Inside Oakland High School - by Karen Gordon
Last week I visited Oakland High School for the first time. I parked easily and was taking pictures of the murals along the retaining wall, when I discovered I was on the wrong side of the building. A group of students who were sitting on the steps told me that I had to go around to the other side on MacArthur. This was easier said than done since at this junction, MacArthur Blvd looks like a one-way street going the wrong way. There is nothing clearly marked that shows the uninitiated how to get to there from here. But I had to get there because I was audio-taping the freshman English class of my friend, Diana Arbas.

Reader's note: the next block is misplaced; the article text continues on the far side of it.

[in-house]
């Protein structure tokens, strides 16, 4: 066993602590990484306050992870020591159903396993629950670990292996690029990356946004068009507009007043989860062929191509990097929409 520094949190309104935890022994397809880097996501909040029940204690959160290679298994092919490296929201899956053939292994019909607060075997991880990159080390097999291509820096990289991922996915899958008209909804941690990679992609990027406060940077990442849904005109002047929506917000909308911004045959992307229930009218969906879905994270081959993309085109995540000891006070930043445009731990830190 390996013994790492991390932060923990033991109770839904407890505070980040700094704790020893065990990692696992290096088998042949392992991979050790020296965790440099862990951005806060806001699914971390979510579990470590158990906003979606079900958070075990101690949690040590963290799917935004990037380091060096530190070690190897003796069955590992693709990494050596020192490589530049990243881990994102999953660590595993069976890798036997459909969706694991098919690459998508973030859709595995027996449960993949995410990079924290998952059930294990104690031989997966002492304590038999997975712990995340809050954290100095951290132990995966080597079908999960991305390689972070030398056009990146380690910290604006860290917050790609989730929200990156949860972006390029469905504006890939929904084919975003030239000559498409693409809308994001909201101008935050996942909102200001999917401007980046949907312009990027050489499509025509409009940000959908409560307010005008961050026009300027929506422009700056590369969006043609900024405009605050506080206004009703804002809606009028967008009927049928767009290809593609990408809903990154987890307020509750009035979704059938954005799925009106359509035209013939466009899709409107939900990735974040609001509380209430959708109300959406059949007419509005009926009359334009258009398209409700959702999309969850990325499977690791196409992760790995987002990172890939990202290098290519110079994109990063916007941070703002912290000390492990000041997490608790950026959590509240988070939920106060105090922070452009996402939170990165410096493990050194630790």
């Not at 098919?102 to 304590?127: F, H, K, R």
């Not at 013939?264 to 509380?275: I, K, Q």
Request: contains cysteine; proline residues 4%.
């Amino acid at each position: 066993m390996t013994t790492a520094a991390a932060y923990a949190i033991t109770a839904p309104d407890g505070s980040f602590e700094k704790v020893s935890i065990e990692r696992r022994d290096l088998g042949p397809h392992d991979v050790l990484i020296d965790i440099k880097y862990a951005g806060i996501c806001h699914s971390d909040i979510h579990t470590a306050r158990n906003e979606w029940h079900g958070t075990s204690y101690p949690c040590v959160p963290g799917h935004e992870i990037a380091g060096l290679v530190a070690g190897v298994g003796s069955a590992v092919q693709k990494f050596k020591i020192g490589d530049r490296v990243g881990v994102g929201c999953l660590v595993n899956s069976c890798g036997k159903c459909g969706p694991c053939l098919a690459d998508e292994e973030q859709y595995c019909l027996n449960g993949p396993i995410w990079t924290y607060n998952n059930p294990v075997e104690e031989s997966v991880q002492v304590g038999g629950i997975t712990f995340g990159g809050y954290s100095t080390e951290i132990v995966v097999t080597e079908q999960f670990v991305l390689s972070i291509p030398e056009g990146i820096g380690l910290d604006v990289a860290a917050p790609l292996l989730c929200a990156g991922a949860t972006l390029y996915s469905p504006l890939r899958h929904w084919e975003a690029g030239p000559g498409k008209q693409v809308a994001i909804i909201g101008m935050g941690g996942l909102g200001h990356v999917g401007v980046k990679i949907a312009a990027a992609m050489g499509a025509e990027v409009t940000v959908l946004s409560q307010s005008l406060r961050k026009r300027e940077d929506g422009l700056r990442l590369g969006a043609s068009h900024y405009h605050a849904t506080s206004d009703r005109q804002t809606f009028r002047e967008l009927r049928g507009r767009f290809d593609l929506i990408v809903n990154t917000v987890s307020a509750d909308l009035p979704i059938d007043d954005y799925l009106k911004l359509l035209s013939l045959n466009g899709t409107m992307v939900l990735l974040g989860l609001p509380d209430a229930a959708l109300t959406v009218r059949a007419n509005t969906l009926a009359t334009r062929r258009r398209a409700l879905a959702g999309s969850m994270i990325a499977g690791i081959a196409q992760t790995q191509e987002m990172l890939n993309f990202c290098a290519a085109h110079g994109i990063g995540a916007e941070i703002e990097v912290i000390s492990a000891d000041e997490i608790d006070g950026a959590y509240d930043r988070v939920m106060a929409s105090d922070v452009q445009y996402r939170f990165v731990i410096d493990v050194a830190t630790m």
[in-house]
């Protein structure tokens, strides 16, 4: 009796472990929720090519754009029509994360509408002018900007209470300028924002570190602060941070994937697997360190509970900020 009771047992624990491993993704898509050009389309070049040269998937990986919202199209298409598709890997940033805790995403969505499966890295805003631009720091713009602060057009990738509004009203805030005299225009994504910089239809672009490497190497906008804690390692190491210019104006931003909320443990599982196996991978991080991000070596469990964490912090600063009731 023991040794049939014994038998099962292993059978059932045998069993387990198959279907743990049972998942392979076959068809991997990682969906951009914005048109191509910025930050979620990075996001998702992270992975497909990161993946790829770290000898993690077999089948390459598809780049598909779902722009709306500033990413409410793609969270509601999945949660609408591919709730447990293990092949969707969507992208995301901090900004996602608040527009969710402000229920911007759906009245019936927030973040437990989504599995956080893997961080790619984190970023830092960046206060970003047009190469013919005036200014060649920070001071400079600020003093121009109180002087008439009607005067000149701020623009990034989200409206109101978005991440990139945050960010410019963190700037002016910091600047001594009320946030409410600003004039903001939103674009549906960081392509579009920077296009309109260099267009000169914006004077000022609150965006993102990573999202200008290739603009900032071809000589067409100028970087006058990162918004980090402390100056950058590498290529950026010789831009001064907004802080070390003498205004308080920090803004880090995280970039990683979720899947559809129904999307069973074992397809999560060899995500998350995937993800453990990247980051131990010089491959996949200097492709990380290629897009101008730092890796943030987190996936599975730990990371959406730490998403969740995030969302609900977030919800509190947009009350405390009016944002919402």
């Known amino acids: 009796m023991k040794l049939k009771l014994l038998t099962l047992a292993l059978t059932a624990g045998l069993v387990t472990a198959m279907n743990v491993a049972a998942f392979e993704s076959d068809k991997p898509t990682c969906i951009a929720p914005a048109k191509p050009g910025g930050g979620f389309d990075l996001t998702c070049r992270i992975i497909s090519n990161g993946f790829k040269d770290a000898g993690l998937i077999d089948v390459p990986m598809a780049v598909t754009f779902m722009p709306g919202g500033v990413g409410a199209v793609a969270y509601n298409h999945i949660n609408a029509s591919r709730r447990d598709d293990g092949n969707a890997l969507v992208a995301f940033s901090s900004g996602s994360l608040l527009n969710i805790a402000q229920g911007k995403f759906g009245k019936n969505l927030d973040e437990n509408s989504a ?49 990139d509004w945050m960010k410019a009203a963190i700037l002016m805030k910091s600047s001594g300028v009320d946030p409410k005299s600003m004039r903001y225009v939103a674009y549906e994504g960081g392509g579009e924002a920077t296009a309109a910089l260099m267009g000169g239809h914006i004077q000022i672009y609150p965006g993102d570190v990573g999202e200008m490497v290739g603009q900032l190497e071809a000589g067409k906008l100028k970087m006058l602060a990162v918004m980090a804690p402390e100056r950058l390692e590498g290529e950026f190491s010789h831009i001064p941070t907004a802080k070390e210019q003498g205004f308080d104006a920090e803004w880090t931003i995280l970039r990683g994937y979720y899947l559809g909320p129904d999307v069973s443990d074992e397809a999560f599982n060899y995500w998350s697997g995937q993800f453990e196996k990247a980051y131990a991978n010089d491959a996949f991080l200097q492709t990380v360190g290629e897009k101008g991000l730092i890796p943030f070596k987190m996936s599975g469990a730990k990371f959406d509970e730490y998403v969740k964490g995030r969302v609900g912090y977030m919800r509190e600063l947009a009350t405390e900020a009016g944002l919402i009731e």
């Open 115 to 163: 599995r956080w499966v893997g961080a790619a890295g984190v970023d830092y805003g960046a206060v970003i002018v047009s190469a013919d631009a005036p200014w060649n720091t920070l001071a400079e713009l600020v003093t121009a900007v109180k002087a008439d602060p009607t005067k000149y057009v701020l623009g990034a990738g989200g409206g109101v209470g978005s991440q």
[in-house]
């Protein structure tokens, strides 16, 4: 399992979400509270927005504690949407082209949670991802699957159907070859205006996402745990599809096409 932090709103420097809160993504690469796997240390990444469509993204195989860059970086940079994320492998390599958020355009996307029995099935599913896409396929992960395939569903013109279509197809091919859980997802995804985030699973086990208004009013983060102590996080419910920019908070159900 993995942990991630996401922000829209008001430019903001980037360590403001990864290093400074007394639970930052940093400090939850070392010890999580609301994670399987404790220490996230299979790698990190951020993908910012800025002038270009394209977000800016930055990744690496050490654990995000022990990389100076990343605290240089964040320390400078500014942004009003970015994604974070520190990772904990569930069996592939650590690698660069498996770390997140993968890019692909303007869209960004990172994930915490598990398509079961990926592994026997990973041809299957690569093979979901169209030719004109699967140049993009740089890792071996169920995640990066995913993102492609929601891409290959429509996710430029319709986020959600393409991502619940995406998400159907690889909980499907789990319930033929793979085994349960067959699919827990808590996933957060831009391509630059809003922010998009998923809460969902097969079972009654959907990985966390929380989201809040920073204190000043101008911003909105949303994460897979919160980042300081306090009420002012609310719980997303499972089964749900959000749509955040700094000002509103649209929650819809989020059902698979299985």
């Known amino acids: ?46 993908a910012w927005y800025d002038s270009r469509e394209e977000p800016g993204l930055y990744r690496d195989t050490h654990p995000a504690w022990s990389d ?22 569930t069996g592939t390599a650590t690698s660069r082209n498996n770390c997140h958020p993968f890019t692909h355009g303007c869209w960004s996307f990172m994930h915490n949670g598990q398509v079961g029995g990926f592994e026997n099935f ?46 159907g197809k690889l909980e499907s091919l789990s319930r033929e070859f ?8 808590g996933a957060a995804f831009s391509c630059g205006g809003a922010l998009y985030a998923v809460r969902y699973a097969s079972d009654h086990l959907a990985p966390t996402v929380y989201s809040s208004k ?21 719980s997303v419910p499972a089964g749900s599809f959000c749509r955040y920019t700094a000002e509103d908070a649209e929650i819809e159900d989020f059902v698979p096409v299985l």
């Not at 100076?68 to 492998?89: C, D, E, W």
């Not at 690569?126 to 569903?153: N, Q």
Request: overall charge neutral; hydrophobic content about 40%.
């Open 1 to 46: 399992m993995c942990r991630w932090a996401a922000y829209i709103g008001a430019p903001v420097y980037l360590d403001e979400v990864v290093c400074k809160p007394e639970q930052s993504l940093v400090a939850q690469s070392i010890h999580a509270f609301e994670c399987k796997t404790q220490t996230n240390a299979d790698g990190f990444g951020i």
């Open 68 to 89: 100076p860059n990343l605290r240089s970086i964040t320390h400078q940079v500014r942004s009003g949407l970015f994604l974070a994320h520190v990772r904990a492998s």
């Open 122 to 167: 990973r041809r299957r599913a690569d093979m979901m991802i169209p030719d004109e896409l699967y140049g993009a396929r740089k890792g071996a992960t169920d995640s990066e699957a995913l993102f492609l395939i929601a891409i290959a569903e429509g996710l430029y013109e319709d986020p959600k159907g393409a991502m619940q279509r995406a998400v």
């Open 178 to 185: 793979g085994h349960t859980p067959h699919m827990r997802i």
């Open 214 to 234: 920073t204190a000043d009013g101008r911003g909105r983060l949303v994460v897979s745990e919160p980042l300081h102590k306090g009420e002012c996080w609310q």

Diana is student teaching at Oakland High this year. Today she was discussing the book, Warriors Don’t Cry, with her students. This memoir, by one of the nine African American students who desegregated Little Rock Central High School in 1957 Arkansas, deals directly with some concerns of Diana’s students: racism and adolescent school life. I was especially impressed with the thoughtfulness of the students’ reflections on the book, as well as Diana’s ability to cope with an occasionally chaotic class. A certain level of noise and inattention is part of the hum of the classroom, but there was also a great deal of insight and even healthy debate between students over the story. One young woman pointed out that white people have a color, though this point was not picked up for discussion. Diana led the discussion in a very egalitarian manner, one that respected the students as intelligent people with opinions of their own. I had the privilege to be a fly on the wall, a somewhat big fly with a tape recorder and boom mike, but one that was pretty much ignored. I felt that what I was seeing was an authentic day in the classroom, one in which I learned a lot.